Then, when I entered high school, I changed to learn Jin Gang Li, which included martial arts, as Yi Zhi Chan was just developing qi. In 1992 I lived with my master, first I would stay with him in the holidays, later I quit school to study full time. I would do qigong in the morning and free fighting in the afternoon. After 1 year, I began to help my master to teach. In 1999 I travelled overseas to teach and perform kung fu.

W: Your teaching focus is on Baji and Wing Chun, could you talk a bit about them:

MG: In 1995 I felt like I wanted to learn more kung fu, so I travelled around looking at different styles. At that time I started Wing Chun. Most northern Chinese would make fun of Wing Chun, saying it’s for women and it lacks strength, so I was already biased against it. It wasn’t until 2000, that I was invited to teach some bodyguards in Guangdong, that I really came to appreciate it. You see before I was young and liked beautiful forms.

My master often travelled to Hong Kong in secret during the revolution to exchange ideas on kung fu there. So the lineage I teach is a mixture of mainland and Hong Kong Wing Chun. The big difference people notice in my Wing Chun to what they learn in the west is there is an extra form, which comes before Siu Lim Tao. This form is called Shi Er San Shou (十二散手12 free hands), this form gives the student the fundamentals of wing chun, it is 12 principles for combat, which are practical and easy to learn. For most of my short term students, I will teach them this form. In Guangdong they say if you just want to learn self defence, this form is enough.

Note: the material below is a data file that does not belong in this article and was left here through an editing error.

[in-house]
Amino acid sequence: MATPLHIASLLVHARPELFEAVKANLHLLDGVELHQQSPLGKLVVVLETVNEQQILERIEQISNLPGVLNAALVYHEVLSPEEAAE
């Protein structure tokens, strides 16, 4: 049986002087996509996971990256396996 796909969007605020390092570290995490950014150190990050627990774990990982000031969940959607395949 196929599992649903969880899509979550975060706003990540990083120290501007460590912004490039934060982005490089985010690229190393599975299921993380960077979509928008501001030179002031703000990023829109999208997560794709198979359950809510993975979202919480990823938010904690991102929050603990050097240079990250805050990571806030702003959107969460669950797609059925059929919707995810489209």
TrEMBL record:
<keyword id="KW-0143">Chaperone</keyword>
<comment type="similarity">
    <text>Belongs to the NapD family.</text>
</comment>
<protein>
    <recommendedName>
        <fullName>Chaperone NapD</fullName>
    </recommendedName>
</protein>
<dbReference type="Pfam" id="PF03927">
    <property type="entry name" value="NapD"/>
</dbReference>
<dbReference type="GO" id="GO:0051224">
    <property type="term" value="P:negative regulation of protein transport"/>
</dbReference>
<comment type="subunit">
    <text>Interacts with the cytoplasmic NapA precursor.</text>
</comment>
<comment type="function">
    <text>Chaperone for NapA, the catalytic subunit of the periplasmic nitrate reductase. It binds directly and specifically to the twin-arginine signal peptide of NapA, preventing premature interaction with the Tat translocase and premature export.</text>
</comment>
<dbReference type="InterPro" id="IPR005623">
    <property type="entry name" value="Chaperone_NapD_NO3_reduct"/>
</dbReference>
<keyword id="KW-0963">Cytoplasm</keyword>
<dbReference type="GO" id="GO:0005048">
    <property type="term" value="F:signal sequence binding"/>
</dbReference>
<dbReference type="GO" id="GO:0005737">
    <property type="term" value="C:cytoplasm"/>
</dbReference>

In the south of China, they use upper body techniques, but I am a northerner and my foundation is northern, so I like to use my legs a lot more. Traditional Wing Chun says kicks must be low, but I think that if you are good with your legs, high kicks are good too. In street fighting, low kicks are more effective, but in the ring, high kicks are better. Also, you can use a low kick, and then follow up with a high kick. They flow together. This is something I have added to the wing chun I teach.

Baji, however, I liked straight away. It’s strong, powerful and vicious. Wing Chun took me several years to appreciate. Wing Chun is like a gentleman’s art, it’s very reserved and humble. A Wing Chun fighter won’t move so much, and will act humbly. Baji is like a demon, it’s vicious, strong, and proud. So, it depends what mood I’m in as to what I practice, if I feel calm, I train my Wing Chun, if I’m excited, I train my Baji. Baji uses much more of the body than Wing Chun. In fact, Baji, Wing Chun and Taiji, in essence are very similar. Beginners can’t see that, but we all have the same body, there’s only so many ways of issuing power and moving it. In Wing Chun, we use the principle of leverage, in Taiji, it’s called Yin and Yang. They are both the same. In Baji, there are a lot of elbows and takedowns.